So, I decided to try copper tape, like high-low tech was using in their tutorial. Copper tape definitely worked better at conducting electricity, and the circuits were much stronger. I wasn’t as thrilled about using copper tape in lieu of some drawing utensil, because in my mind it’s way less creative. However, as I was sticking down the circuits, I realized the copper tape reminded me of one of my favorite childhood art supplies – stickers! Granted, copper tape is all one color (unless you color on it with permanent marker), and its rectangular instead of coming in fun unique shapes, but I did get some of the same satisfaction I used to get from decorating with stickers as I was putting together the circuits.
After building/drawing these circuits on my own, I realized there were a few flaws I hadn’t anticipated when I set out.
- In order to draw/build circuits, you have to have some basic knowledge of electrical circuits. I do have the basic knowledge (probably more than the average Jane), and I still had difficulties making everything work the way it was supposed to. This makes me doubtful that an activity like this would ever be adopted by office workers with even less experience with circuitry. The activity is supposed to be playful. When it doesn’t happen easily, it becomes frustrating, which is pretty much the opposite of the effect I’m aiming for.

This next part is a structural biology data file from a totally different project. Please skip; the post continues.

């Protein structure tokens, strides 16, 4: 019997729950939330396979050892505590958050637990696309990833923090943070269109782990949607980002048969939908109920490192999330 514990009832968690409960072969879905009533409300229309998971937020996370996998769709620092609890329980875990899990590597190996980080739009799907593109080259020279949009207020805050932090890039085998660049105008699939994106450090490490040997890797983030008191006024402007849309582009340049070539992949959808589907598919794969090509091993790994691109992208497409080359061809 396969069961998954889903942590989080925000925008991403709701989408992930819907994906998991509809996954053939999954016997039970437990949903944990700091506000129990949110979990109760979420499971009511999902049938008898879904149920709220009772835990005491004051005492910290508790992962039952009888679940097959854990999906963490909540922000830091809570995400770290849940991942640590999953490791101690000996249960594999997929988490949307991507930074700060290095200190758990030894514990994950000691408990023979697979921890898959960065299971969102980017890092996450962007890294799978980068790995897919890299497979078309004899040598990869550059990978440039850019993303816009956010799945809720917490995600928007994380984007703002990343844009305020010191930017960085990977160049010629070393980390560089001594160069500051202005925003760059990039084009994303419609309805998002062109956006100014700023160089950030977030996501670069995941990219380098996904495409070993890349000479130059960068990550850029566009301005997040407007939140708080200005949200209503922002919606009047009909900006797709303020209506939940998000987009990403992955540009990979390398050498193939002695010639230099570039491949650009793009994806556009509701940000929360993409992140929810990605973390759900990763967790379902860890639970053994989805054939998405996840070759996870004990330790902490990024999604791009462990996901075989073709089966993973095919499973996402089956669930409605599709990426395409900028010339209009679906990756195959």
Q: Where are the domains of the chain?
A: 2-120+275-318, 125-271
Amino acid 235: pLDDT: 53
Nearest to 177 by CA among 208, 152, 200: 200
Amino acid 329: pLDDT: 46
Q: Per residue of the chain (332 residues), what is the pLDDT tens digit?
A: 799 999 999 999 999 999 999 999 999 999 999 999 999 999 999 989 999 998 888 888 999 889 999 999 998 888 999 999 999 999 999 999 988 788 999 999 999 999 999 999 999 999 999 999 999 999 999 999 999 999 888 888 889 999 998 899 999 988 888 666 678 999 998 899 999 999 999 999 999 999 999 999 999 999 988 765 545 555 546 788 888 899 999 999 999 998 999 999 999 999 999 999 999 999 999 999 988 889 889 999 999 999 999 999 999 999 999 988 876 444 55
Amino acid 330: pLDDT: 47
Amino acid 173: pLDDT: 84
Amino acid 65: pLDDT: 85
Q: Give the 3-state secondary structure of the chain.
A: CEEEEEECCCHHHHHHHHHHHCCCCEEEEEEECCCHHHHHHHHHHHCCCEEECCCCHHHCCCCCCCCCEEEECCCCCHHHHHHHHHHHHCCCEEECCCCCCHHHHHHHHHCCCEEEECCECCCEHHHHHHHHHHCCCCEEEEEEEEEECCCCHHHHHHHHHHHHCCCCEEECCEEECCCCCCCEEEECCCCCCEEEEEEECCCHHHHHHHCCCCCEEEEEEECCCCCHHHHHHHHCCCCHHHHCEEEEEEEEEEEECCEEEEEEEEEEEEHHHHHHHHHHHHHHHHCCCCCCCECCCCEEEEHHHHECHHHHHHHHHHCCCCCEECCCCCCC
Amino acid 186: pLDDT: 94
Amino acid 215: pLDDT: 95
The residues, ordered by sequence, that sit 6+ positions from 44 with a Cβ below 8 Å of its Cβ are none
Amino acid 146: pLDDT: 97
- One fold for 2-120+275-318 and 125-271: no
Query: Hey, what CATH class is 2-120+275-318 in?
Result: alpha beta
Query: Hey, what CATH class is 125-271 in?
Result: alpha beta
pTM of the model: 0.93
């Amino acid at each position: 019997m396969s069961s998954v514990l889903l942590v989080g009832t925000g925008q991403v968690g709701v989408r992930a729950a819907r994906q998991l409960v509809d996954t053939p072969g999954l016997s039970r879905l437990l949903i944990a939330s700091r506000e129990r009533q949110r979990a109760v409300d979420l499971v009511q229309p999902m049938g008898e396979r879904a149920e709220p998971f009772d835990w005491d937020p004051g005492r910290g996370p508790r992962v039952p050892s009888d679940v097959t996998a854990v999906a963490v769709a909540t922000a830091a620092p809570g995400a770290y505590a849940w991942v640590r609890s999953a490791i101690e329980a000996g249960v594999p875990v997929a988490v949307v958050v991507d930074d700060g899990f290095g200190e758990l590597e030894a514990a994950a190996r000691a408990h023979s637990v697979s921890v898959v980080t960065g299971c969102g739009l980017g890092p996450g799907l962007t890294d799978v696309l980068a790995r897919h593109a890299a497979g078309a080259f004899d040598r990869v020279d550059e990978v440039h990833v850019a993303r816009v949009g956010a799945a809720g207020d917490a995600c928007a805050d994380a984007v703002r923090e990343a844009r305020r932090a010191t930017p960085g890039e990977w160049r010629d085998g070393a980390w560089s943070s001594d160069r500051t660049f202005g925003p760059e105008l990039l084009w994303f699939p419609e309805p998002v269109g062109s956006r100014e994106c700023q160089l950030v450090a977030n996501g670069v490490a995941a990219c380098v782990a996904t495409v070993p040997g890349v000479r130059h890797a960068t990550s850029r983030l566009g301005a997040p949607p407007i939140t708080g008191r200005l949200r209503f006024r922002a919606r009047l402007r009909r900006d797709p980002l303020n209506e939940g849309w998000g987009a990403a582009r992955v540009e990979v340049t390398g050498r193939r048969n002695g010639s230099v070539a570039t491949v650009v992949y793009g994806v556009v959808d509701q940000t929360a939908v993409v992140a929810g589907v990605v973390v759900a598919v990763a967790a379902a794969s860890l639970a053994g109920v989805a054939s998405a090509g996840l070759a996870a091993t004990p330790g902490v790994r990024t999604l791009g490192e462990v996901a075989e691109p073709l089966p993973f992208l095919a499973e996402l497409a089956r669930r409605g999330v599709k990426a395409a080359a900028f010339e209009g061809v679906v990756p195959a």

- Tutorials written for specific micro controllers (like the Touch Board), weren’t so great for people trying to use a different micro controller (even though the Touch Board is Arduino based, the pins and preprogramming make it a little difficult and time consuming to translate code appropriately).
- The interactions possible with paper circuits don’t excite me, at least not in a way I’ve discovered yet. Making an led light up when you push a button isn’t very exciting to me, and that’s the jist of most of the tutorials. Touch the capacitive sensor drawing/button/connect the circuit and an LED blinks or a piezo buzzes. I’ve been having a hard time developing a critical message to my work when I’m limited to those kinds of interactions.
- Graphite is so resistive (compared to conductive metals and wire), that pretty much all you can use it for is capacitive sensing, which has the potential to be more interesting if there’s an interesting and compelling output when capacitance is sensed.
- Because you’re not using the best quality connections (tape is significantly less effective and making good electrical connections than soldering), even if the circuit is set up properly, it can be finicky.
I’m not throwing out the possibility of using paper circuits in the future, but I definitely need some fresh interaction ideas before I move forward again. Moving forward, I’m thinking:
- Connecting the Arduino serial to Processing may allow me the opportunity to do some interesting data visualizations based on the state of the paper circuits. I did experiment with this, but the Sparkfun tutorial for how to get Processing to read Arduino’s serial output wasn’t working for me. I managed to identify the correct serial port, but the readings I was getting in the serial monitor in Arduino weren’t matching the readings I was getting in Processing. Definitely going to have to play around with that some more.
- Stickers. Sticker Charts? A worker’s twist on sticker charts?